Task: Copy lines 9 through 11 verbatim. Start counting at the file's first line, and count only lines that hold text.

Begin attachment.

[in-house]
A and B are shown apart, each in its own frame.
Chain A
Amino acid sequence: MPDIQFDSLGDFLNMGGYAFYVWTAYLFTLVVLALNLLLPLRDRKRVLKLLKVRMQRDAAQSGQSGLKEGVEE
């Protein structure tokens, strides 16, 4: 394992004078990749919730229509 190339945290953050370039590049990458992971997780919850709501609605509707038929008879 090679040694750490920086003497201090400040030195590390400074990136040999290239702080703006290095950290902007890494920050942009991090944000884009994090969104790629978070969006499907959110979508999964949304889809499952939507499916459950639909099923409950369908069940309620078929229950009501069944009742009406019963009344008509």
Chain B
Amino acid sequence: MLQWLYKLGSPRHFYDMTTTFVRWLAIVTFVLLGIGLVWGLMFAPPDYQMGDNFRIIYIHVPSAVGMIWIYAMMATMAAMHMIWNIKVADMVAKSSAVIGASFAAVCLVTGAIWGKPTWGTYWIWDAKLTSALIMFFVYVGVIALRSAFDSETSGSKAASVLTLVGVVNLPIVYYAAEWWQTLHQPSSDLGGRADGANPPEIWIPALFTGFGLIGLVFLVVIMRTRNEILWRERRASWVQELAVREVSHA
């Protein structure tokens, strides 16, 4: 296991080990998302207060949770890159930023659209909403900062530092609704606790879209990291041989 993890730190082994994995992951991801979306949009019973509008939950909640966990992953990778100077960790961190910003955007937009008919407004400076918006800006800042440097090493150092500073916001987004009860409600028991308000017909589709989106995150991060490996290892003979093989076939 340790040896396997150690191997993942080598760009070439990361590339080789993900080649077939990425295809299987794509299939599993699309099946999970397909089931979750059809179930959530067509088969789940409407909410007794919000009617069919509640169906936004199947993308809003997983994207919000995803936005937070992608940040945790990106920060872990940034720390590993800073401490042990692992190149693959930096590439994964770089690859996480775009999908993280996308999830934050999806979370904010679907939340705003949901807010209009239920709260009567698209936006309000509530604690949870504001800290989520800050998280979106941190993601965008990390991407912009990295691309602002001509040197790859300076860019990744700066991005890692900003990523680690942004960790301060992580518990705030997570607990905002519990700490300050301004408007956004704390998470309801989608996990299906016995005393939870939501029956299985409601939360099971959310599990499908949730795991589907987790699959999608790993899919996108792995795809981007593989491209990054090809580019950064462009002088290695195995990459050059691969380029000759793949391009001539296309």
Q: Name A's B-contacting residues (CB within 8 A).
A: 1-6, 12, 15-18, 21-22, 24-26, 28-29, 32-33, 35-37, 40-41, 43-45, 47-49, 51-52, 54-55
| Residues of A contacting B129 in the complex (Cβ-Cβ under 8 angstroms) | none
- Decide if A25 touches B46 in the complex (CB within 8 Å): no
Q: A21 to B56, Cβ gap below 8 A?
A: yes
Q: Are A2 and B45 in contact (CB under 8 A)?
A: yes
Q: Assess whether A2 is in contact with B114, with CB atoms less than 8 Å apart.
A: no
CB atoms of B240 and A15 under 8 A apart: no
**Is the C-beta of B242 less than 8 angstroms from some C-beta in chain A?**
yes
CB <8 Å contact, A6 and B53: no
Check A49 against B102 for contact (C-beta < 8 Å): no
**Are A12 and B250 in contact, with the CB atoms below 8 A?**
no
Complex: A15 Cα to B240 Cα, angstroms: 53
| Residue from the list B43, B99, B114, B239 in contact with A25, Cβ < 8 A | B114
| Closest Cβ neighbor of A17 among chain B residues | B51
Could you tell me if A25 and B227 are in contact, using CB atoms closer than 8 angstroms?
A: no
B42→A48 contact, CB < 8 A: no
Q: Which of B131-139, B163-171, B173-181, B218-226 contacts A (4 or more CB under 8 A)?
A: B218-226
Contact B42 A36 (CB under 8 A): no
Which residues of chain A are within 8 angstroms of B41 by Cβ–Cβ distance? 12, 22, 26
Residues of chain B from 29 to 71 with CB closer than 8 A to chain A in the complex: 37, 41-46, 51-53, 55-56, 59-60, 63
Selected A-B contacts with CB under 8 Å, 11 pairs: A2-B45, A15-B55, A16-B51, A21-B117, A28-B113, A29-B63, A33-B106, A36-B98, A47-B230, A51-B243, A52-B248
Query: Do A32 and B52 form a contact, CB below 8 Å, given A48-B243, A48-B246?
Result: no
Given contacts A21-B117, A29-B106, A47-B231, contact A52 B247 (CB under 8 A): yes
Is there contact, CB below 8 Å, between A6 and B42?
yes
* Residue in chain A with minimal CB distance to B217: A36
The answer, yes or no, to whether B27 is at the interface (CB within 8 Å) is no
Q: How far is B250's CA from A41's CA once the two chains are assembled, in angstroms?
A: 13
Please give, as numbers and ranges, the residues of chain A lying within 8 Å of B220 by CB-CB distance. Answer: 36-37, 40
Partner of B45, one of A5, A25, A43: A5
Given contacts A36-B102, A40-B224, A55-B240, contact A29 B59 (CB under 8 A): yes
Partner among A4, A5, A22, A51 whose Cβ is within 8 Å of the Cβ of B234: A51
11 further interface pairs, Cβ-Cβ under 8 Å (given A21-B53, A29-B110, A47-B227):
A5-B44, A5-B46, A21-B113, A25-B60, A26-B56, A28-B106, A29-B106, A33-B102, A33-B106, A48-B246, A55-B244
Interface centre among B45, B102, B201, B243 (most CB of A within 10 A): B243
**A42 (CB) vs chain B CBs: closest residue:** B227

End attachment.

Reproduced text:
Q: Name A's B-contacting residues (CB within 8 A).
A: 1-6, 12, 15-18, 21-22, 24-26, 28-29, 32-33, 35-37, 40-41, 43-45, 47-49, 51-52, 54-55
| Residues of A contacting B129 in the complex (Cβ-Cβ under 8 angstroms) | none